In 1993 the National Center for Supercomputing Applications (NCSA) team wrote the specification for calling command line executables on the www-talk mailing list; however, NCSA no longer hosts the specification. The other Web server developers adopted it, and it has been a standard for Web servers ever since. A work group chaired by Ken Coar started in November 1997 to get the NCSA definition of CGI more formally defined. This work resulted in RFC 3875, which specified CGI Version 1.1. Specifically mentioned in the RFC are the following contributors:
CGI Group Inc.,Conseillers en gestion et informatique more commonly known as CGI, is a globalinformation technology (IT) consulting, systems integration, outsourcing, and solutions company headquartered in Montreal, Canada. Founded in 1976 by Serge Godin and André Imbeau as an IT consulting firm, the company soon began branching into new markets and acquiring other companies. CGI went public in 1986 with a primary listing on the Toronto Stock Exchange. CGI is also a constituent of the S&P/TSX 60, and has a secondary listing on the New York Stock Exchange. After almost doubling in size with the 1998 acquisition of Bell Sygma, CGI acquired IMRGlobal in 2001 for $438 million, which added "global delivery options" for CGI. Other significant purchases include American Management Systems (AMS) for $858 million in 2004, which grew CGI's presence in the United States, Europe and Australia and led to the formation of the CGI Federal division.
CGI Federal's 2010 acquisition of Stanley, Inc. for $1.07 billion almost doubled CGI's presence in the United States, and expanded CGI into defense and intelligence contracts. In 2012 CGI acquired Logica for $2.7 billion Canadian, making CGI the fifth-largest independent business processes and IT services provider in the world, and the biggest tech firm in Canada. In 2014 CGI ranked No. 974 on the ForbesForbes Global 2000, which ranks the world's largest public companies. At the time CGI had assets worth USD $11.1 billion, annual sales of $9.9 billion, and a market value of $9.6 billion. As of 2015 CGI is based in forty countries with around 400 offices, and employs approximately 65,000 people. Canada made up 15% of CGI's client base of March 2015. 29% was in the United States, while around 40% of their commissions came from Europe. 15% was the rest of the world.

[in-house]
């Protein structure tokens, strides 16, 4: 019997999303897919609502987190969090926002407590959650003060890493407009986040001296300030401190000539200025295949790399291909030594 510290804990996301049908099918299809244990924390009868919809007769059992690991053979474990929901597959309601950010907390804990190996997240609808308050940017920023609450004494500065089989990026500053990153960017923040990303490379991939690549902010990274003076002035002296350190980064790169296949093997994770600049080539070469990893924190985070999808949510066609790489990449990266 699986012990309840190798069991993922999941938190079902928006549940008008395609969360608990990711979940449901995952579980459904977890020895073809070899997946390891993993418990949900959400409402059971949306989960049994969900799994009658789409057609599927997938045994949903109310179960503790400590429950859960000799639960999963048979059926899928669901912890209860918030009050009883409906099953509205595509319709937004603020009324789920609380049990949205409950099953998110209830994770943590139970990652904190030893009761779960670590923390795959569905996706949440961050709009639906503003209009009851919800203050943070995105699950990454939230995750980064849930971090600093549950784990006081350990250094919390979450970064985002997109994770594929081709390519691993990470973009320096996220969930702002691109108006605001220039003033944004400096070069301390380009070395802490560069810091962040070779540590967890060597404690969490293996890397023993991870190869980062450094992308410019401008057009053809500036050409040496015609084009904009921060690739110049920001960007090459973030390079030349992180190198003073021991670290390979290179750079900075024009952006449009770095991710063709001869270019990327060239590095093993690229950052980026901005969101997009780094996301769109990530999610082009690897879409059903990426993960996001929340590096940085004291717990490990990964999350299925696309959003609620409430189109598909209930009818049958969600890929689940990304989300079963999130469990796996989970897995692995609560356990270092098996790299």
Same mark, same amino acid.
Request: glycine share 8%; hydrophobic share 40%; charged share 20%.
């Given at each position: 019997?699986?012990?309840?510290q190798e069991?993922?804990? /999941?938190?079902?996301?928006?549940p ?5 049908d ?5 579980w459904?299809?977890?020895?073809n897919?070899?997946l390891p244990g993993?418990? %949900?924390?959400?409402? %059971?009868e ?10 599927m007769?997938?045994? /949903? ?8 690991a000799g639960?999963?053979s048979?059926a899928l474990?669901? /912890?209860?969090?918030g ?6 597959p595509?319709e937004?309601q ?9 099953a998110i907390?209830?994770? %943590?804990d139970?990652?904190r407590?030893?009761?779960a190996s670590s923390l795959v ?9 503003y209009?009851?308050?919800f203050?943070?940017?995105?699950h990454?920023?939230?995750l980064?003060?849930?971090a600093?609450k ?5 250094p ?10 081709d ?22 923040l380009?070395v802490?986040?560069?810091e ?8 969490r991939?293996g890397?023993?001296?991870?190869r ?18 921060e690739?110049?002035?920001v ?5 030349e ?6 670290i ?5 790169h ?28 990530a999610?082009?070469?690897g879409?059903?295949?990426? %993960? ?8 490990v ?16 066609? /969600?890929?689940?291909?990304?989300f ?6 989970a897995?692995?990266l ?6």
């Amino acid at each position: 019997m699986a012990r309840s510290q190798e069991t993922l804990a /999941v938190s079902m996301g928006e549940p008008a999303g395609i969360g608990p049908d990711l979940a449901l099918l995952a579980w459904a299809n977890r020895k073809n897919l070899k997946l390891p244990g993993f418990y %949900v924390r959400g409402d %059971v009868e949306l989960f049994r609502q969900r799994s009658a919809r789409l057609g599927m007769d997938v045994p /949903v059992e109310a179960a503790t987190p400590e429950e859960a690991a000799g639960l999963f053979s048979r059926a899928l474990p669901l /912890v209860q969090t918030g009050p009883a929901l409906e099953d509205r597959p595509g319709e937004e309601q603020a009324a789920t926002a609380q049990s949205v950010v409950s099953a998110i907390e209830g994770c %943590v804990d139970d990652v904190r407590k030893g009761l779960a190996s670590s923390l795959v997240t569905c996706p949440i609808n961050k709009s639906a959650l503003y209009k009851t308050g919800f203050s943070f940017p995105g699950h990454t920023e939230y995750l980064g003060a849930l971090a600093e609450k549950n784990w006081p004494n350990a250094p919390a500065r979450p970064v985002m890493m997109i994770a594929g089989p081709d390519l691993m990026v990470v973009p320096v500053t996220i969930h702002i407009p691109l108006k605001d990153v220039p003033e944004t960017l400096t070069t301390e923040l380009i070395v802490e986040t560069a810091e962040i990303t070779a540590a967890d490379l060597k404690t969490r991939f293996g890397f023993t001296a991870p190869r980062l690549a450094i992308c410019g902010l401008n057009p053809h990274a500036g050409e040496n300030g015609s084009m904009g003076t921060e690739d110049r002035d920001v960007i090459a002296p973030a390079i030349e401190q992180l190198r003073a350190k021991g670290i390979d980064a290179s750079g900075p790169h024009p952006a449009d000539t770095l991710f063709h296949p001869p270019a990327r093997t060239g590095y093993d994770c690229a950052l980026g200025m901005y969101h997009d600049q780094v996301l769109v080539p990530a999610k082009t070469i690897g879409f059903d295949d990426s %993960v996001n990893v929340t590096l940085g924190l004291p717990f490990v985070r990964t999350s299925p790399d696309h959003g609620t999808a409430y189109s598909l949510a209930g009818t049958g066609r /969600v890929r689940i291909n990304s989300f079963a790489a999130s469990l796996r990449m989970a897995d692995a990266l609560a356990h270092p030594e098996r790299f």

The name is commonly used to refer to the historic University of Paris or one of its successor institutions, but this is a recent usage. "Sorbonne" has been used with different meanings over the centuries. For information on the historic University of Paris and the present universities which are its successor institutions, or the older Collège de Sorbonne, please refer to the relevant articles.
Collège de Sorbonne
The name is derived from the Collège de Sorbonne, founded in 1257 by Robert de Sorbon as one of the first significant colleges of the medieval University of Paris. The university predates the college by about a century, and minor colleges had been founded already in the late 12th century. During the 16th century, the Sorbonne became a focal point of the intellectual struggle between Catholics and Protestants. The University served as a major stronghold of Catholic conservative attitudes and, as such, conducted a bitter struggle against King Francis I's policy of relative tolerance towards the French Protestants, except for a brief period in 1533 when the University was placed under Protestant control.
Cheltenham is a display typeface, designed in 1896 by architect Bertram Goodhue and Ingalls Kimball, director of the Cheltenham Press. The original drawings were known as Boston Old Style and were made about 14" high. These drawings were then turned over to Morris Fuller Benton at American Type Founders (ATF) who developed it into a final design. Trial cuttings were made as early as 1899 but the face was not complete until 1902. The face was patented by Kimball in 1904. Later the basic face was spun out into an extensive type family by Morris Fuller Benton.
Cheltenham is not based on a single historical model, and shows influences of the Arts and Crafts Movement. Originally intended as a text face, "Chelt" became hugely successful as the "king of the display faces." Part of the face's huge popularity is because, as it has elements of both an old style and transitional face, a Cheltenham headline complements virtually any body type. The overwhelming popularity of the face for display purposes lasted until the advent of the geometric sans-serif typefaces of the 1930s.